On 4 January 1941 a merchant convoy was slowly picking its way through the icy waters of the Thames Estuary. Crew members on board one of the ships, HMS Hazlemere, were surprised to see a parachute dropping gently from the heavy overcast into the water. As the Hazlemere neared the scene, the crew heard a woman’s voice calling ‘Hurry, please hurry.’
She was unable to catch hold of the lines thrown to her and she slipped out of reach of a crewman who leaned out to her from the ship. The vessel’s captain jumped into the water in an effort to rescue her but as he did so, a wave lifted Hazlemere’s stern and she disappeared under the spinning propellers.
Despite further efforts, her body was never found. The crew was at that point unaware that the woman they had so narrowly failed to rescue was Amy Johnson, Britain’s most famous aviatrix.
Amy Johnson’s remarkable career started from amazingly modest beginnings. Although the daughter of a well-to-do Hull businessman, Johnson’s start in aviation was almost accidental. After moving to London to work as a typist in 1927, she happened to visit the Stag Lane airfield in north London. Inspired by what she saw, she took flying lessons and soon gained her licence. Perhaps prompted by the death of one of her sisters, she decided to attempt to become the first woman to fly solo to Australia.
To this end, she purchased a second-hand de Havilland Gipsy Moth, which was painted bottle green and christened Jason, (Johnson always referred to Jason as ‘he’), in addition to a new flying suit from Lilywhites in the same colour. Friends at home and from the world of aviation helped generously and by 5 May 1930, both Johnson and Jason were at Croydon, ready for the start of their epic journey.
Achieving the dream
Although merely flying across Europe at that time was arduous enough, her real adventures began later. Flying in thick cloud over the Taurus Mountains in Turkey, she became disorientated and narrowly avoided flying straight into a vertical rock face. Later, she became lost over Iraq and was forced to land in a sandstorm, where she huddled in Jason’s cockpit, cradling her revolver as she listened to the barking of a nearby pack of stray dogs.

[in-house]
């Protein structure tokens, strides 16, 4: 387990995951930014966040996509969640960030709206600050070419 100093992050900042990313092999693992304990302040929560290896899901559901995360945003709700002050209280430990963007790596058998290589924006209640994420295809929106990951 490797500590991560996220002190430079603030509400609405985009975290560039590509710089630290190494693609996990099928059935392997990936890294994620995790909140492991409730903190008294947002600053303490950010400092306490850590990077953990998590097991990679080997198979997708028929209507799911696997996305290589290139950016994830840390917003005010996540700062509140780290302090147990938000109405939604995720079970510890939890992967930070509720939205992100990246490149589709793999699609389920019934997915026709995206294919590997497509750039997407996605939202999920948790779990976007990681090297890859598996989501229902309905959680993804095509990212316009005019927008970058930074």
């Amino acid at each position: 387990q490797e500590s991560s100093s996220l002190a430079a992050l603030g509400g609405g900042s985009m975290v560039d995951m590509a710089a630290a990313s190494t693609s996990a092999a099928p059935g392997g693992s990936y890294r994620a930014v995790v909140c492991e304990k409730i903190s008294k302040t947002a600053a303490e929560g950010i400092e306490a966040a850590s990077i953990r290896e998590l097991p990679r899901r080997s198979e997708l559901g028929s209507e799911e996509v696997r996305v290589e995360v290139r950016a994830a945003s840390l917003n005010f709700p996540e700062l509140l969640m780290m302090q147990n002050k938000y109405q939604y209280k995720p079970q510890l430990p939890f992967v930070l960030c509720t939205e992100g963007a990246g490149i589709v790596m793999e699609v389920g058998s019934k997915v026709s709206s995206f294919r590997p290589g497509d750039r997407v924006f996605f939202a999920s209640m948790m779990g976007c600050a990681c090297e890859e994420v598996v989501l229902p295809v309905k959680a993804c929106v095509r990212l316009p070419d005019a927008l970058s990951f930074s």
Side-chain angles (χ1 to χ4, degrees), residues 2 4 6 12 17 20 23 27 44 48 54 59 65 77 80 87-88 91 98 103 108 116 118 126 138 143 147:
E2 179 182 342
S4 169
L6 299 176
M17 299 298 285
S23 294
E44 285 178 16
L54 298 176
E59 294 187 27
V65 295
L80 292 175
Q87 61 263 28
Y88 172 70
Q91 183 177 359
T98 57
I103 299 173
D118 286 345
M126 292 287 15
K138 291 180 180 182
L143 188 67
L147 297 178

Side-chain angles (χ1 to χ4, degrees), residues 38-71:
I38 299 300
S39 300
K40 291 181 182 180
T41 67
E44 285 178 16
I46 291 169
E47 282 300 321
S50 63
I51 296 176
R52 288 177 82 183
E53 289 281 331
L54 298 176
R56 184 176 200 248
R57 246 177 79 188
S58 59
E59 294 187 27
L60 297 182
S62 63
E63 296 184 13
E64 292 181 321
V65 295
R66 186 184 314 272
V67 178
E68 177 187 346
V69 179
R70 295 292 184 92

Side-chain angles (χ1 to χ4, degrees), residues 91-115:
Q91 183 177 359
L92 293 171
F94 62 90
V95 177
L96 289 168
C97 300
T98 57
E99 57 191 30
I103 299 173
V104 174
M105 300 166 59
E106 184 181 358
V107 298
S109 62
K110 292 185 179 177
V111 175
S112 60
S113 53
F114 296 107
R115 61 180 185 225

By the time she arrived in India, Johnson was exhausted – she crash-landed in a parade ground in Jhansi, then, two days later, did so again at a football ground in Rangoon. A few days later, with darkness and poor weather closing in, she became temporarily lost over the Java Sea.
Eventually, Jason and his exhausted pilot arrived in Darwin. Johnson had done it, becoming an overnight sensation. Congratulations and tributes poured in: as well as money and gifts, songs were written about her, hairstyles named after her and she even received more than one proposal of marriage.
Although the Australian flight made her name, Johnson knew that any flyer was only as good as their last flight and in a sense she would struggle to leave the shadow of this first and most epic fight for the rest of her life.
Soon afterwards, she married the noted aviator Jim Mollison. However, the marriage was not a happy one, punctuated by the east-west transatlantic crossing they made together in 1933, which ended in a crash in New York; and an unsuccessful entry in the 1935 MacRobertson Air Race. In addition, the marriage was further strained by Jim Mollison’s dependence on alcohol and his suspected philandering.
In 1932 she successfully broke the existing London–Cape Town record (held by her husband), before doing so again in 1936. By this time, however, the ‘Golden Age’ of aviation was coming to a close. In 1938, her divorce to Mollison was finalised and the following year she began to work as a pilot for the Portsmouth, Southsea and Isle of Wight Aviation Company: the press pointed out that one could now fly with Amy Johnson for a mere five shillings.
When the women’s section of the Air Transport Auxiliary was formed in 1939, Johnson may have assumed she would be appointed to its head. However, she was not and it was some months before she could bring herself to join the organisation, ferrying military aircraft around the UK.
A tragic end
In January 1941, Johnson was detailed to ferry an Airspeed Oxford aircraft from Prestwick to Kidlington. After an overnight stop in Blackpool, she took off the following day, in spite of a suspect compass and worsening weather conditions. After hours of flying over thick cloud, unsure of her position and running low on fuel, Johnson decided to take to her parachute, after throwing her luggage out of the aircraft. Her subsequent death in the freezing waters of the Thames Estuary was tragically unlucky.
Here the life of Britain’s most famous female pilot came to an end – a life marked by amazing triumphs, failures bravely overcome and, in the end, the tragic role of chance.
Today, Amy’s most famous aircraft, her little Gipsy Moth, Jason, can still be seen in his bottle green paint at the Science Museum in London, where he provides a lasting reminder of Britain’s ‘Queen of the Skies’.
Julian Hale is a history graduate whose MA focused on the RFC and RAF in the Middle East during the First World War. In 2012, he joined the RAF Museum, becoming Assistant Curator for its Centenary Programme for 2018, and he is the author of Shire’s The RAF: 1918-2018. Women in Aviation is his most recent book, published by Bloomsbury Publishing on 27 June 2019.